As a follow-up to my last article, on Wednesday the SEC announced that it has fined Barclays Capital more than $97 million for overcharging three sets of clients by almost $50 million.  The violations took place from September 2010 – December 2015.

This was the second time in less than two weeks that the SEC has fined Barclays.  Just nine days earlier, the SEC fined Barclays over $12.7 million for RMBS supervisory failures.

The recent action brings the total amount of fines that the SEC has imposed on Barclays in the last two weeks to approximately $110 million.

The Three New Sets Of Violations

The SEC’s Order imposing sanctions describes the three sets of defrauded clients as follows:

1.  Advisory clients in wrap fee programs who received brochures, marketing materials, and client agreements that falsely informed them that Barclays would perform due diligence on, and ongoing monitoring of, certain third-party maSEC whistleblower lawyernagers who would be managing the clients’ assets.  Barclays did not do the due diligence or ongoing monitoring, yet it charged clients who were invested in those programs approximately $48 million in advisory fees.  In addition, the SEC found that Barclays did not have written policies and procedures in place that were reasonably designed to prevent the due diligence misrepresentations in connection with the wrap fee programs.

2.  Customers who were charged excess fees of approximately $2 million.  According to the Order, these overcharges occurred for several reasons, among them:  (a) inadequate valuation controls; (b) human error; and (c) lack of appropriate oversight of Barclays’ account management and billing operations.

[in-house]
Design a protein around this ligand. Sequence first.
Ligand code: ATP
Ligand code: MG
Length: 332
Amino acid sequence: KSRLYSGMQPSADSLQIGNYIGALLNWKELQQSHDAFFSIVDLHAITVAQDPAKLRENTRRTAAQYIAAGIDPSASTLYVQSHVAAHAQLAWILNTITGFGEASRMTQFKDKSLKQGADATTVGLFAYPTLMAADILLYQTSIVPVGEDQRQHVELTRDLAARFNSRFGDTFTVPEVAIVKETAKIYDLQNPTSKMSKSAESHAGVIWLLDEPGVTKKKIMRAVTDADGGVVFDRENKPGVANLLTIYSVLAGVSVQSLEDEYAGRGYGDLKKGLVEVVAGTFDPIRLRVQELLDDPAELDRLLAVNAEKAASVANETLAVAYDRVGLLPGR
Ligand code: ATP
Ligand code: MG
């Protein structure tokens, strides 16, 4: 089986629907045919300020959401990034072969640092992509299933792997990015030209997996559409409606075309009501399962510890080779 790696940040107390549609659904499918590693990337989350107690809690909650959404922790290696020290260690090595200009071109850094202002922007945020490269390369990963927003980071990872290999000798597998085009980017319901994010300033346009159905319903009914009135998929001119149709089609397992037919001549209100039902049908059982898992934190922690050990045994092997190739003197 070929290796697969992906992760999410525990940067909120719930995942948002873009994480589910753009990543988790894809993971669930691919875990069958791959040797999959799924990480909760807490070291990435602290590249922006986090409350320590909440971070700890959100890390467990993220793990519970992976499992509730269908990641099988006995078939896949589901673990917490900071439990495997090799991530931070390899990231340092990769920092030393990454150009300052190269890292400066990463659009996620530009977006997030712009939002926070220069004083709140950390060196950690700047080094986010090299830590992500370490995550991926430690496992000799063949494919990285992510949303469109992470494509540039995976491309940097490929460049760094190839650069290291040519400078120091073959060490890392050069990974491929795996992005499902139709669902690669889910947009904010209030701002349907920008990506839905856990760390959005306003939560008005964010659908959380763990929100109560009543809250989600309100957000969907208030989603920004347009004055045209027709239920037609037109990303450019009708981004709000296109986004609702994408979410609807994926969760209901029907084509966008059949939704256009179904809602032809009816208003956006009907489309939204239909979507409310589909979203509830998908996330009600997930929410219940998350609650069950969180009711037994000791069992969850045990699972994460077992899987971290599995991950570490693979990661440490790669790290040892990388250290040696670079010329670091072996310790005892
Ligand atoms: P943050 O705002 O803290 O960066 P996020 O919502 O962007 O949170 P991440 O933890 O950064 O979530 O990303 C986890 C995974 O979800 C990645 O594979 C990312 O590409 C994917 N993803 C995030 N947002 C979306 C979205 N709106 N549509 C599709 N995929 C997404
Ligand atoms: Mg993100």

3.  Retirement plan and charitable organization brokerage customers to whom Barclays recommended and sold more expensive classes of mutual fund shares, even though less expensive classes were available, without disclosing to them that Barclays would receive greater compensation from the sales of the more expensive shares.  The Order refers to the undisclosed higher compensation as a “material conflict of interest”.  In some instances, Barclays charged certain mutual fund clients up-front sales charges or “loads” without informing them that they were eligible to have those up-front charges waived.

Refunds To Harmed Clients

The SEC found that Barclays’ conduct violated the Securities Act of 1933, the Securities Exchange Act of 1934, and the Investment Advisers Act of 1940.

SEC whistleblower law firmIn settling with the SEC, among other things Barclays agreed to pay disgorgement of more than $49.7 million, prejudgment interest of over $13.7 million, and a civil monetary penalty of $30 million.

The Order requires Barclays to deposit more than $93.5 million into a “Distribution Fund” to be held in escrow.


In an SEC press release about the Order, the Co-Chief of the SEC Enforcement Division’s Asset Management Unit stated:  “Each set of clients who were harmed are being refunded through the settlement.”

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As an SEC whistleblower law firm, The Pickholz Law Offices has represented employees, officers, and others in SEC whistleblower cases involving financial institutions and public companies listed in the Fortune Top 10, Top 20, Top 50, Top 100, Top 500, and the Forbes Global 2000.  We were the first law firm ever to win an SEC whistleblower award for a client on appeal to the full Commission in Washington, an achievement that Inside Counsel magazine named one of the five milestones of the SEC whistleblower program.

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If you would like to speak with an SEC whistleblower lawyer, please feel free to call Jason R. Pickholz at 347-746-1222.




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